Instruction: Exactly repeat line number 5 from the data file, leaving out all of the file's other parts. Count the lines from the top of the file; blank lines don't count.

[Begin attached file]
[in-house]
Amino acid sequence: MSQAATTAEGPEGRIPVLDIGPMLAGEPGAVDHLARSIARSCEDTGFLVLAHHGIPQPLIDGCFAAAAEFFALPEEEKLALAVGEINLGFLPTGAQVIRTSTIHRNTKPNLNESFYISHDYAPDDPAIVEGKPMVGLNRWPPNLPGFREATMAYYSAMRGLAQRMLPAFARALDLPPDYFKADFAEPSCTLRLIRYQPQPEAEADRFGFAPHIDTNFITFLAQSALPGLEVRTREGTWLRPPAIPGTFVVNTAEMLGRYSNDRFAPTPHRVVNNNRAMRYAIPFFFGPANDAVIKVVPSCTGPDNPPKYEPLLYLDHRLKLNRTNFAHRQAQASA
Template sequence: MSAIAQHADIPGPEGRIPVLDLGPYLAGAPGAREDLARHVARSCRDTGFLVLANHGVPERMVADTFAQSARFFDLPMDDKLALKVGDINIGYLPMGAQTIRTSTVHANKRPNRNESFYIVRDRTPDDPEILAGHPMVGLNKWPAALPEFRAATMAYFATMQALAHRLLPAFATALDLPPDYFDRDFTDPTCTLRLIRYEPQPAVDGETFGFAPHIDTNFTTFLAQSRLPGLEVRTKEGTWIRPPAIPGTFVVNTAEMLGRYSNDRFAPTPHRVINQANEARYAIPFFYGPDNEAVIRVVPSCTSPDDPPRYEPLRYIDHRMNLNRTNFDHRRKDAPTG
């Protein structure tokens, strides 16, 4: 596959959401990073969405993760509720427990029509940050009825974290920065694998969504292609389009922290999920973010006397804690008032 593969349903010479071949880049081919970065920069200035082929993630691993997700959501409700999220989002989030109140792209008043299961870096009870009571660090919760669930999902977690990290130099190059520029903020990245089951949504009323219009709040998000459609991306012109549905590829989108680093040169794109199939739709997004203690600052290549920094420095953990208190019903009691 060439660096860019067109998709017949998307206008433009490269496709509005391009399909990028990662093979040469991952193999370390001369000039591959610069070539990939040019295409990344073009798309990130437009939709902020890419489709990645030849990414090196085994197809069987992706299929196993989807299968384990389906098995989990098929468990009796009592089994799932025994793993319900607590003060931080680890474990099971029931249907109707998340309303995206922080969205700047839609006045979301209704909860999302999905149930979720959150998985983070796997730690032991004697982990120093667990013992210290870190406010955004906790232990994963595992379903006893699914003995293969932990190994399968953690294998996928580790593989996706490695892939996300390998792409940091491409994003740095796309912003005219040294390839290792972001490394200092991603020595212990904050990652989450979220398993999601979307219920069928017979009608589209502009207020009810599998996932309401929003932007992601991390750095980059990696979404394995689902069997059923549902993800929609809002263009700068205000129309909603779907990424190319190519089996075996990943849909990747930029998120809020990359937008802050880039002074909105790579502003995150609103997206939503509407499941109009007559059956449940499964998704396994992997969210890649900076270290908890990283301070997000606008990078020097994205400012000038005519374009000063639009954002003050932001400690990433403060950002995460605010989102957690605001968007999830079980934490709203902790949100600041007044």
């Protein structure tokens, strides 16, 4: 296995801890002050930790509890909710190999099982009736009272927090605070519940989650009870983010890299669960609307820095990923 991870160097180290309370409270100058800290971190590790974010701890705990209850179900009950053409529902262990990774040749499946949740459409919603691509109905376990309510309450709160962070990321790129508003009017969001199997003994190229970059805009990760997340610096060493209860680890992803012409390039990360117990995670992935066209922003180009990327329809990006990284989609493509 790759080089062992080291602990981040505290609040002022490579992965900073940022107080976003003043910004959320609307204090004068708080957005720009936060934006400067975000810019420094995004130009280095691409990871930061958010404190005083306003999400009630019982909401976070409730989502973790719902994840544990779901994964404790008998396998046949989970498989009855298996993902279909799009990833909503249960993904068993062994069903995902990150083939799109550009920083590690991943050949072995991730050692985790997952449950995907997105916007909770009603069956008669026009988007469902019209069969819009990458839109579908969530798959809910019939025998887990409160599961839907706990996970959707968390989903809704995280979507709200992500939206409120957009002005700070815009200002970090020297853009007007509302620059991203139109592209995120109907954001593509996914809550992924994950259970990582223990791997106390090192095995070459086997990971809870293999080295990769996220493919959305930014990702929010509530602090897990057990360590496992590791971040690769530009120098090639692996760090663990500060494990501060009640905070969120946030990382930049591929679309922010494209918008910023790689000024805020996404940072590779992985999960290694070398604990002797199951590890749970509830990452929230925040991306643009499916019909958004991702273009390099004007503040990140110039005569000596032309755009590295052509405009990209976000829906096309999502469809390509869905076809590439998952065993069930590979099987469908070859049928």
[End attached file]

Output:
């Protein structure tokens, strides 16, 4: 296995801890002050930790509890909710190999099982009736009272927090605070519940989650009870983010890299669960609307820095990923 991870160097180290309370409270100058800290971190590790974010701890705990209850179900009950053409529902262990990774040749499946949740459409919603691509109905376990309510309450709160962070990321790129508003009017969001199997003994190229970059805009990760997340610096060493209860680890992803012409390039990360117990995670992935066209922003180009990327329809990006990284989609493509 790759080089062992080291602990981040505290609040002022490579992965900073940022107080976003003043910004959320609307204090004068708080957005720009936060934006400067975000810019420094995004130009280095691409990871930061958010404190005083306003999400009630019982909401976070409730989502973790719902994840544990779901994964404790008998396998046949989970498989009855298996993902279909799009990833909503249960993904068993062994069903995902990150083939799109550009920083590690991943050949072995991730050692985790997952449950995907997105916007909770009603069956008669026009988007469902019209069969819009990458839109579908969530798959809910019939025998887990409160599961839907706990996970959707968390989903809704995280979507709200992500939206409120957009002005700070815009200002970090020297853009007007509302620059991203139109592209995120109907954001593509996914809550992924994950259970990582223990791997106390090192095995070459086997990971809870293999080295990769996220493919959305930014990702929010509530602090897990057990360590496992590791971040690769530009120098090639692996760090663990500060494990501060009640905070969120946030990382930049591929679309922010494209918008910023790689000024805020996404940072590779992985999960290694070398604990002797199951590890749970509830990452929230925040991306643009499916019909958004991702273009390099004007503040990140110039005569000596032309755009590295052509405009990209976000829906096309999502469809390509869905076809590439998952065993069930590979099987469908070859049928």